If the novel followed along these lines without variation, Starborn would be a relatively timeworn book in that tradition, well written but not really distinctive.  Shopworn tropes and ideas, any reader who has read a decent helping of Epic Fantasy has seen them before, in authors ranging from Terry Brooks to David Eddings to Sara Douglass to Robert Jordan to Margaret Weis. You, reader, probably have read many such novels, and know their shape well.  The author, however, has ideas far beyond simple emulation of 1980s and ’90s epic fantasy. Kyndra is a young and callow protagonist growing into her power, true. But she is conflicted about herself and her power, often self-centered, complicated in her emotions and feelings, and in general far removed from the generic blank template farm boy that you might expect in a fantasy such as this.

The journey across the landscape is another trope in epic fantasy that the author employs, and then subverts. Rather than simply a hitting-the-sights-across-the-landscape sort of progress long criticized by Diana Wynne Jones’ Tough Guide to Fantasyland, Kyndra’s  journey to Naris is not an easy one, exposing tensions, rifts, and intrigue within and without the denizens of the Citadel. And once Kyndra is there, the very dark underbelly of the citadel, its creators, and the secret of its origins and future, and Kyndra’s part in it, very much break the mold of that traditional epic fantasy. The deeper one gets into the novel, the more the subversion and upending of that surface resemblance to the bog-standard epic fantasy of yore gets upended.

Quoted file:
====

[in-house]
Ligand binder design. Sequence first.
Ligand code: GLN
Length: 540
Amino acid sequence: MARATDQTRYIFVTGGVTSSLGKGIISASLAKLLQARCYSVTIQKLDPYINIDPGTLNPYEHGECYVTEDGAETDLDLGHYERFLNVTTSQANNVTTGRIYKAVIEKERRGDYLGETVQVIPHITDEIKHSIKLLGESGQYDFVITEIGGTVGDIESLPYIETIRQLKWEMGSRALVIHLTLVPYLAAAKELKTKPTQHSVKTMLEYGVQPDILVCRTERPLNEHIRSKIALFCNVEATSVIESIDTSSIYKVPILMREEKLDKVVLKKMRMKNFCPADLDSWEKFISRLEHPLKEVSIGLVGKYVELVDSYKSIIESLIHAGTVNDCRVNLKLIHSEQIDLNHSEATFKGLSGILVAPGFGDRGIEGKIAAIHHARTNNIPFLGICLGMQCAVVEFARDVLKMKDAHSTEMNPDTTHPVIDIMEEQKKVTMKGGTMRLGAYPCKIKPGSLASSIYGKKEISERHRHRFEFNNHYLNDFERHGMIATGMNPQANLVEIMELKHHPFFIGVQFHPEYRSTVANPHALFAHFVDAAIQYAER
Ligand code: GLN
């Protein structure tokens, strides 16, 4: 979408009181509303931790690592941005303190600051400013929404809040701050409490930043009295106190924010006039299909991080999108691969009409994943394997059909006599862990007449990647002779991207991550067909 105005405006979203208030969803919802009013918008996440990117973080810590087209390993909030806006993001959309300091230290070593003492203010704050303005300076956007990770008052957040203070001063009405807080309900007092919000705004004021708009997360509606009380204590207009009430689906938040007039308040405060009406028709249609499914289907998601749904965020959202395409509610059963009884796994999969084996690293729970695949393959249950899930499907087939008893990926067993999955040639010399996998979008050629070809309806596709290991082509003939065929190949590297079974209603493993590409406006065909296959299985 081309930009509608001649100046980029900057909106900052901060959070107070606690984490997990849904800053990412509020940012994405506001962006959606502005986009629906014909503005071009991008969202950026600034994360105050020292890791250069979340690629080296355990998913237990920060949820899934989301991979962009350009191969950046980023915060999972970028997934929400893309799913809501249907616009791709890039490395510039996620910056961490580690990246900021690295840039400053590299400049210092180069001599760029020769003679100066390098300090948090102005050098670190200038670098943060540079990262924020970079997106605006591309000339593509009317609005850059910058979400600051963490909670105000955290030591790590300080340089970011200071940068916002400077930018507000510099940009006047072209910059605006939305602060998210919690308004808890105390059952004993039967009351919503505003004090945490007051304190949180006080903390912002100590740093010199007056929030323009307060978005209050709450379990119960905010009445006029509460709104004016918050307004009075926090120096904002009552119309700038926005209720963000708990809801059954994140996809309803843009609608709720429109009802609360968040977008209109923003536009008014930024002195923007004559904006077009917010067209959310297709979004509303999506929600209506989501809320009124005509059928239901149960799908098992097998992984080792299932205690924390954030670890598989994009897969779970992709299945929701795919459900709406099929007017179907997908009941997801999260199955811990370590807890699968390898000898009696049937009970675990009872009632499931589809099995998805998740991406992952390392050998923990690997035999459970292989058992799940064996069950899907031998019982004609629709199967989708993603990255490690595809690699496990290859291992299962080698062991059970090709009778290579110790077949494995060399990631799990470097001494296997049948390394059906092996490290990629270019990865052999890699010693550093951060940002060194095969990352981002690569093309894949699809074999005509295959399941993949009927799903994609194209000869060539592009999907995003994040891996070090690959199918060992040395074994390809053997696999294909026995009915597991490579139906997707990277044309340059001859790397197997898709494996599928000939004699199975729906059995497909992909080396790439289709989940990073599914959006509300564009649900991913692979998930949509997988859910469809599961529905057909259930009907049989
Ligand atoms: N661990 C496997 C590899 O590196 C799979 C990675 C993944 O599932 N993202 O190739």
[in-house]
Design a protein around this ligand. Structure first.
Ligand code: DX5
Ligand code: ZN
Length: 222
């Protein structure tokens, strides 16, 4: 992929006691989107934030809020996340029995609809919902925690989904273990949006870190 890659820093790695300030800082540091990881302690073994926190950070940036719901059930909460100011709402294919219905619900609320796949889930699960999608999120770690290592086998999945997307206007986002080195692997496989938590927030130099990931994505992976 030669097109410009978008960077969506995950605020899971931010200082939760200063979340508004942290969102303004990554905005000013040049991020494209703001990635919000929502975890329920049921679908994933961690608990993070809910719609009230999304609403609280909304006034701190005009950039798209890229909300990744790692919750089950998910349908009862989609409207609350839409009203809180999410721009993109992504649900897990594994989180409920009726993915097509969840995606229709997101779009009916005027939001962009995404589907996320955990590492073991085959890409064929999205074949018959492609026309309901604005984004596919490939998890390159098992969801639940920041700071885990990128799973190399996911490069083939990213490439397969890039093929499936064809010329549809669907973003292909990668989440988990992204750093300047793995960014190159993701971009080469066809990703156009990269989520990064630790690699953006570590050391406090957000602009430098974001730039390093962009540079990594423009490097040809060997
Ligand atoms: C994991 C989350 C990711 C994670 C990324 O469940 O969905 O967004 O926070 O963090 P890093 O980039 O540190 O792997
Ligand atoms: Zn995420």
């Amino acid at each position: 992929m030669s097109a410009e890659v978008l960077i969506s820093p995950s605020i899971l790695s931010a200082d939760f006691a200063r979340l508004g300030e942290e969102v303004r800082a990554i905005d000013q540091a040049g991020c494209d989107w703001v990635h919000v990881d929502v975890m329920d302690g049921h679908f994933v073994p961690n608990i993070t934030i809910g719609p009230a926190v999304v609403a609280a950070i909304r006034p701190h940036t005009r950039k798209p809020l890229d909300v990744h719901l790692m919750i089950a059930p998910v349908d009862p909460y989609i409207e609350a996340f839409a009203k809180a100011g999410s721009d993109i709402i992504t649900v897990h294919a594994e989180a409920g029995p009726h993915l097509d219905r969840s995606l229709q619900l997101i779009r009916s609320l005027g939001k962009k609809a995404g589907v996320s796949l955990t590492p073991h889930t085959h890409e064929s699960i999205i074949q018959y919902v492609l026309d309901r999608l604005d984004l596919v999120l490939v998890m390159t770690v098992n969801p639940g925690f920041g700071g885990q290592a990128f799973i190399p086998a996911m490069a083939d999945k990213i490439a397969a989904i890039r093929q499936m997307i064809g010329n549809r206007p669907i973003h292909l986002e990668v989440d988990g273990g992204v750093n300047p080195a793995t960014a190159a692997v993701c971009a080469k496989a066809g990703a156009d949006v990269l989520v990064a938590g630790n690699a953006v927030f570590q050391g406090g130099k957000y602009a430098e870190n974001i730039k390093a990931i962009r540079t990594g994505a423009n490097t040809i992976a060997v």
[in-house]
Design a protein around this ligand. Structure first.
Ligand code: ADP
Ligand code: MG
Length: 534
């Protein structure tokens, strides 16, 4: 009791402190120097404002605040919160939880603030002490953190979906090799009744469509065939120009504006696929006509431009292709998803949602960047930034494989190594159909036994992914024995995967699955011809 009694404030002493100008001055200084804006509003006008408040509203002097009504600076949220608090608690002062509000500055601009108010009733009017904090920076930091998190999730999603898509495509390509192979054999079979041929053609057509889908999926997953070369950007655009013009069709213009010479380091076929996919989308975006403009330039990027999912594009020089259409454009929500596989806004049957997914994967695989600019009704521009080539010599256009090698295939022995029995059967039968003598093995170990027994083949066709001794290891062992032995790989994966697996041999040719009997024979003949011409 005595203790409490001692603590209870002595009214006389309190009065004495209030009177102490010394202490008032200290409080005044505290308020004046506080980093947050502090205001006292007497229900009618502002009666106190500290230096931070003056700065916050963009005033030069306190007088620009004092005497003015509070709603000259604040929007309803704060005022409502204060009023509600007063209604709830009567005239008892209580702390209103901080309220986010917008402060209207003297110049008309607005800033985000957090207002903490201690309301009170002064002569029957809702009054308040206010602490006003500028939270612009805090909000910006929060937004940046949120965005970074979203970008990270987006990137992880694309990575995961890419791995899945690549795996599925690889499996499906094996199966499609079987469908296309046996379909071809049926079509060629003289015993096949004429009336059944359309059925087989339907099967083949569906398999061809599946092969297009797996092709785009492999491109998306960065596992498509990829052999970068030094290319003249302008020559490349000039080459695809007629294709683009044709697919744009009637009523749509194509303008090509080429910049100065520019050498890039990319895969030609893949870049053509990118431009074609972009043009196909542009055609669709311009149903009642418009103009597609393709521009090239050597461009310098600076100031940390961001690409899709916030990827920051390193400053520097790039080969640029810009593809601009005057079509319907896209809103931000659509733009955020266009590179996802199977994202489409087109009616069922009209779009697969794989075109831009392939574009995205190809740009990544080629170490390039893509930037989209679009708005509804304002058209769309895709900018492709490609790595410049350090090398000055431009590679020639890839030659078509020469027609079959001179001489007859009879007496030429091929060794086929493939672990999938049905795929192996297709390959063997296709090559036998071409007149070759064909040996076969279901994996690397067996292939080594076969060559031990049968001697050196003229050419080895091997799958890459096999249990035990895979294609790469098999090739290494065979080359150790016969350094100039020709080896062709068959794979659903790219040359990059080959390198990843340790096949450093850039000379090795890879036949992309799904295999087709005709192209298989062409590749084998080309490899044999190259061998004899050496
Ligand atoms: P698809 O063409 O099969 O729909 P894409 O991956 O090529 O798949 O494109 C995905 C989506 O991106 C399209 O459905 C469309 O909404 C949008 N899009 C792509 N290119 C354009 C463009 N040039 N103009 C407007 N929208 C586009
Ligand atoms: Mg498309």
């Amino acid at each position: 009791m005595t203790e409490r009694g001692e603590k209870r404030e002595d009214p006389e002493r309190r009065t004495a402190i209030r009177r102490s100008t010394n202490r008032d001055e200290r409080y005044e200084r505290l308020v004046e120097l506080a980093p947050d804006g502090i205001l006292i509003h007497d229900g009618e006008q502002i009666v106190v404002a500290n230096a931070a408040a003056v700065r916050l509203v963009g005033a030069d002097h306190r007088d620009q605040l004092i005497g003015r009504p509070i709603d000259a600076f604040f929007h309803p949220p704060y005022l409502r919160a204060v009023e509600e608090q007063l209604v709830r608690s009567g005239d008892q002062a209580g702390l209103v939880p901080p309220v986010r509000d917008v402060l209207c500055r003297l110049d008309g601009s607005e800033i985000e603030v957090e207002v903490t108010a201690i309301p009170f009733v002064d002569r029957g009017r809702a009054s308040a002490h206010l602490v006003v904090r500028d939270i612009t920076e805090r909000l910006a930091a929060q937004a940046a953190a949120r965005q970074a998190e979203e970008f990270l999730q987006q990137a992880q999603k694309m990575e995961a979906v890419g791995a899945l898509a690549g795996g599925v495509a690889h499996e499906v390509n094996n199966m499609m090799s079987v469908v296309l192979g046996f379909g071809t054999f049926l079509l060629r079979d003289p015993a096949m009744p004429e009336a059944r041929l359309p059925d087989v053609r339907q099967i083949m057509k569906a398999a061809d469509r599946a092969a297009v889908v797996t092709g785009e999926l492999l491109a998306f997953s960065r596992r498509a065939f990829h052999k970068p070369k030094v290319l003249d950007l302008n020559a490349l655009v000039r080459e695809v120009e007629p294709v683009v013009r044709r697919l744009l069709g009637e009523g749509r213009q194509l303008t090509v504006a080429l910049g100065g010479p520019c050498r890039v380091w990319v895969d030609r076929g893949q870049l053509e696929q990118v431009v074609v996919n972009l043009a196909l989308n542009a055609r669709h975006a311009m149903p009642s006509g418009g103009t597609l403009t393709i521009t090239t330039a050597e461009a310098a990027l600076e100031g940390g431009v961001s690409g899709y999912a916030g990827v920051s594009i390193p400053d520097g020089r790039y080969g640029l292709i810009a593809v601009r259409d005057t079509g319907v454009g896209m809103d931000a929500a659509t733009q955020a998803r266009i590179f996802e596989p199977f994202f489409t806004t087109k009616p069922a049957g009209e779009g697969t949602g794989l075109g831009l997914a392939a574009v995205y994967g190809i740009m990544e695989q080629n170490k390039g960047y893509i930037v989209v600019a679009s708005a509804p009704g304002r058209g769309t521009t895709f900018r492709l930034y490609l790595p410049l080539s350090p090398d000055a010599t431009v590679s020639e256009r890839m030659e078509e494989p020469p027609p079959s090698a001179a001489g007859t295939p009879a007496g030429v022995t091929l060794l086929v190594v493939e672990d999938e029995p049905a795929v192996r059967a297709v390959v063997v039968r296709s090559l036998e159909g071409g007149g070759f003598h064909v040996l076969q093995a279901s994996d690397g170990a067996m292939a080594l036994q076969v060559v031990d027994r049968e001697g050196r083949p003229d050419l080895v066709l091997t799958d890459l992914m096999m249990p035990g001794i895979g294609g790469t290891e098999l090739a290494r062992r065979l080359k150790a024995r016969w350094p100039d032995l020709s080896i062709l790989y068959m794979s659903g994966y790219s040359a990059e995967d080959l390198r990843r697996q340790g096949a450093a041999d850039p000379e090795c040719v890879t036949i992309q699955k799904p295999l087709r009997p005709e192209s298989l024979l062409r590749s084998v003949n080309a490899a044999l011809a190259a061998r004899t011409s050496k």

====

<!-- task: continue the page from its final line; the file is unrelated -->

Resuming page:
Speaking about Kyndra’s story and the revelations of what is going on the world is difficult to do without being too spoilery, and really, the veils being pulled back on what is going on, and what the author has constructed, is, for me, truly one of the pleasures of the book. Suffice it to say that the world as Hounsom initially depicts, from that little village, is definitely not the entire story of what the world is, and what is happening. Kyndra’s journey in revealing what is going on goes hand in hand with the reader learning at the same time. It braids together wonderfully well, and both leaves the story at a solid ending point and provides a wide opening for the sequel.

Starborn is an interesting, intriguing epic fantasy debut that slowly and inexorably pulls the rug out from the reader’s expectations of a traditional narrative and in so doing creates a memorable protagonist, and story.

Book Review: The Cold Eye by Laura Anne Gilman

12 Jan the-cold-eye-9781481429719_hr


Being the Devil’s Left Hand is not the easiest job that Isobel could have chosen, but she did choose it, fought for it, and has proven herself, so far, to be a solid choice to ride the Territory on the Boss’ behalf. Now that she has some miles done on her circuit, Isobel’s life as the Devil’s Left Hand continues. As before, her partner Gabriel, as per his own agreement with the Devil, continues her training. But even as Isobel is  growing into the role, new dangers are arising, dangers that the two of them may not be equal to face. Dangers great enough perhaps to threaten even the Devil himself.